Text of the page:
drinks

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drink

 (drĭngk)
v. drank (drăngk), drunk (drŭngk), drink·ing, drinks
v.tr.
1. To take into the mouth and swallow (a liquid).
2. To swallow the liquid contents of (a vessel): drank a cup of tea.
3. To take in or soak up; absorb: drank the fresh air; spongy earth that drank up the rain.
4. To take in eagerly through the senses or intellect: drank in the beauty of the day.
5.
a. To give or make (a toast).
b. To toast (a person or an occasion, for example): We'll drink your health.
6. To bring to a specific state by drinking alcoholic beverages: drank our sorrows away.
v.intr.
1. To swallow liquid: drank noisily; drink from a goblet.
2. To drink alcoholic beverages: They only drink socially.
3. To salute a person or an occasion with a toast: We will drink to your continued success.
n.
1.
a. A liquid that is fit for drinking; a beverage.
b. An alcoholic beverage, such as a cocktail or beer.
c. Chiefly Southern US See soft drink. tonic
2. An amount of liquid swallowed: took a long drink from the fountain.
3. Liquid for drinking: The host provided food and drink.
4. Excessive or habitual indulgence in alcoholic liquor.
5. Slang A body of water; the sea: The hatch cover slid off the boat and into the drink.
Idiom:
drink the Kool-Aid
To become an unquestioning advocate for a group, cause, or belief.

[Middle English drinken, from Old English drincan; see dhreg- in Indo-European roots.]
American Heritage® Dictionary of the English Language, Fifth Edition. Copyright © 2016 by Houghton Mifflin Harcourt Publishing Company. Published by Houghton Mifflin Harcourt Publishing Company. All rights reserved.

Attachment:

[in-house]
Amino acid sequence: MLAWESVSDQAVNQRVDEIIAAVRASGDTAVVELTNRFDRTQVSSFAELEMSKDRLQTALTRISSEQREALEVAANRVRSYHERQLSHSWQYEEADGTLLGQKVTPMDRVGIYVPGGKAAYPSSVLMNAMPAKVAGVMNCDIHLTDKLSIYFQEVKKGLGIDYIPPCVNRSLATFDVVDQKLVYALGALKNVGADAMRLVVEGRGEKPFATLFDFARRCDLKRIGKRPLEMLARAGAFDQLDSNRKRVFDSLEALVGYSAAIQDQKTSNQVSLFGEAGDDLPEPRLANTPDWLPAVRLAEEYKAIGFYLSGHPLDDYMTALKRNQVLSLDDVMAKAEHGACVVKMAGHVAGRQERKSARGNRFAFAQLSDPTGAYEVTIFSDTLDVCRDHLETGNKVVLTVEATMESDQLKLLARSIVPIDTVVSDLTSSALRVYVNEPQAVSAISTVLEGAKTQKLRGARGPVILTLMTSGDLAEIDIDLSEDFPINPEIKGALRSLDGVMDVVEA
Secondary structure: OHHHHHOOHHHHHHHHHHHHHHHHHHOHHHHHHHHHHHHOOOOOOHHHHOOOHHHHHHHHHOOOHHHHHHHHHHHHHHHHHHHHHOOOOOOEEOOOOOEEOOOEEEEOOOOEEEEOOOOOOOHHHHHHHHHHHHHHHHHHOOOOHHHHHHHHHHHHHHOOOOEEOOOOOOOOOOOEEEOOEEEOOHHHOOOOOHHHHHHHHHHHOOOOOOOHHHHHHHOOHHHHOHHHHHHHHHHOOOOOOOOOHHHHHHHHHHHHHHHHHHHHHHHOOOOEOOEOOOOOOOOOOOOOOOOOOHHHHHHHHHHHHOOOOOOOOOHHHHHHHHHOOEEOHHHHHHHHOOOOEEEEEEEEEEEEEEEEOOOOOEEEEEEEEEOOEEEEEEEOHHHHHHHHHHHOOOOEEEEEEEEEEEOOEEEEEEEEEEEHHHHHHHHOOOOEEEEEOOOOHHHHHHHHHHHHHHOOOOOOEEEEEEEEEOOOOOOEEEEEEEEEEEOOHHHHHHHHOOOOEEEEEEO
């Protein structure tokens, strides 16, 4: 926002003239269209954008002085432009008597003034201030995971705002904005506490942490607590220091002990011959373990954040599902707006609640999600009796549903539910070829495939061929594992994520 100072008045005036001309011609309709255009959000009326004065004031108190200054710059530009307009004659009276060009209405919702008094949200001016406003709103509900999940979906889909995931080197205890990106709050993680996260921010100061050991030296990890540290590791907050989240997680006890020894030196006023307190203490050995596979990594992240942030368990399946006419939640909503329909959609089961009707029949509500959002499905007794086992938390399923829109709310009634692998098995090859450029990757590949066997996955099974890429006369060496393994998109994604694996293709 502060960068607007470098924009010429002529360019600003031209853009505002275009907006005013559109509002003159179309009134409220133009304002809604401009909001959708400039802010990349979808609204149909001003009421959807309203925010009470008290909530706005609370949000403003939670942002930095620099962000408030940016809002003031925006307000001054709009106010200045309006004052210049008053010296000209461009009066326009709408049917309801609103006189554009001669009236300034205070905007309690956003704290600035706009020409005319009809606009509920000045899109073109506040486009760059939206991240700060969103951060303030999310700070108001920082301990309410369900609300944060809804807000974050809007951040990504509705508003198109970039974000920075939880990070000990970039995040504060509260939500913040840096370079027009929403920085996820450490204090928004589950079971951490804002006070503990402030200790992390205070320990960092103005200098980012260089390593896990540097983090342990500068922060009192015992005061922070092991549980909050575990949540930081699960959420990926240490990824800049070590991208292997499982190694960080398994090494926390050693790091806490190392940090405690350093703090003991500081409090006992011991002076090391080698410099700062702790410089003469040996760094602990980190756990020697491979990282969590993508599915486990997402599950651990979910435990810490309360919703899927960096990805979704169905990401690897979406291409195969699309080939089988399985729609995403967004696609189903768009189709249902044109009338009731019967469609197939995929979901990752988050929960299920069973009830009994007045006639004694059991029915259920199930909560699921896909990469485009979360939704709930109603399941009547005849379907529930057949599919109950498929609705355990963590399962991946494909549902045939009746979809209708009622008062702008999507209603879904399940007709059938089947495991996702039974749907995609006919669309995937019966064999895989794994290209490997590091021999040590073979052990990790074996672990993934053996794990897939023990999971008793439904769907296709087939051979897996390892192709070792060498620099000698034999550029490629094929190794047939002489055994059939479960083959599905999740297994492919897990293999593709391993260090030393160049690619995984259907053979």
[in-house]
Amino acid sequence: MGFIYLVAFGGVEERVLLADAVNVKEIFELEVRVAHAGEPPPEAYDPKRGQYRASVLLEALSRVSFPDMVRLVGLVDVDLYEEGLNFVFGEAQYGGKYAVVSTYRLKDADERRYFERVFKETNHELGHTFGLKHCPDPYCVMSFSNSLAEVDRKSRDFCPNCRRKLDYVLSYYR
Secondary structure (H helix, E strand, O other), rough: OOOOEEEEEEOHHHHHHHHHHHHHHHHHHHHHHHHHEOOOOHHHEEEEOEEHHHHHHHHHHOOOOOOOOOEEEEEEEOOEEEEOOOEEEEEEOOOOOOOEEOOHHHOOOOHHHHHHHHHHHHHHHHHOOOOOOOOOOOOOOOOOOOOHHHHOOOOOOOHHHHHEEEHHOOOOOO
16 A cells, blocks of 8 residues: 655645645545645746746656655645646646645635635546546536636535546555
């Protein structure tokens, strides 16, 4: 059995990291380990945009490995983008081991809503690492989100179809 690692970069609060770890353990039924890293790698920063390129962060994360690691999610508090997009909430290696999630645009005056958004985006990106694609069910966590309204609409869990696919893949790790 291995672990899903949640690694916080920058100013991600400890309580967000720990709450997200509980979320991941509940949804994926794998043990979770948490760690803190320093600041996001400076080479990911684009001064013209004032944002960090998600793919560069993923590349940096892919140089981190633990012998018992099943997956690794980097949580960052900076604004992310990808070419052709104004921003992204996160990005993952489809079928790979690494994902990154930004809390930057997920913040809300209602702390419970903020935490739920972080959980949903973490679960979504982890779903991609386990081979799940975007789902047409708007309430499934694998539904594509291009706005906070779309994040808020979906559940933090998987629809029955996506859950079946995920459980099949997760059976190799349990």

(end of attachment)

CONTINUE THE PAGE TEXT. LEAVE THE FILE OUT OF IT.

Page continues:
drinks

(drɪŋks)
pl n
of or relating to alcoholic beverages
Collins English Dictionary – Complete and Unabridged, 12th Edition 2014 © HarperCollins Publishers 1991, 1994, 1998, 2000, 2003, 2006, 2007, 2009, 2011, 2014
Translations
Collins Multilingual Translator © HarperCollins Publishers 2009
References in periodicals archive ?
(1998) Urine osmolality and conductivity as indices of hydration status in athletes in the heat.
Dog was slightly depressed but body condition, vital parameter, mucous membrane were unremarkable with good hydration status. The dog was tentatively diagnosed for acute moist dermatitis and underwent routine hematology, skin scrapping examination and bacterial culture and antibiotic sensitivity examination of the lesion swab.
The study explored the association between hydration status before exercising and exercise-enhanced cognition in older adults.
This finding was further supported by Volpe and colleagues (2009) who studied the pre-practice hydration status in 263 male and female National Collegiate Athletic Association (NCAA)-Division I (DI) athletes and demonstrated that close to 70% were hypohydrated prior to practice.
Existing field-based research into fluid balance and hydration status in soccer players has largely focused on measuring adult athletes on a single day, and data on the fluid balance, sweat loss, and hydration status of young soccer players during training and competition is sparse (Silva et al., 2011).
Our research aimed to establish if regular coffee consumption, under normal living conditions, is detrimental to the drinker's hydration status," lead author of the study, Sophie Killer, said.
It was claimed his kidney function was very impaired and poor monitoring of his renal condition and hydration status allowed his health to worsen.
Clinicians should monitor patients being treated with Xpovio and dexamethasone for low blood counts, platelets, and sodium levels; they should optimize patients' hydration status, blood counts, and other medications to avoid dizziness or confusion.
Health care professionals are advised to optimize the patient's hydration status, blood counts and other medications to avoid dizziness or confusion.
PCV is used as an index for the estimation and quantification of hydration status in the calves (Constable et al., 2005).
New research from Penn State University looked at how sleep affected hydration status and risk of dehydration in U.S.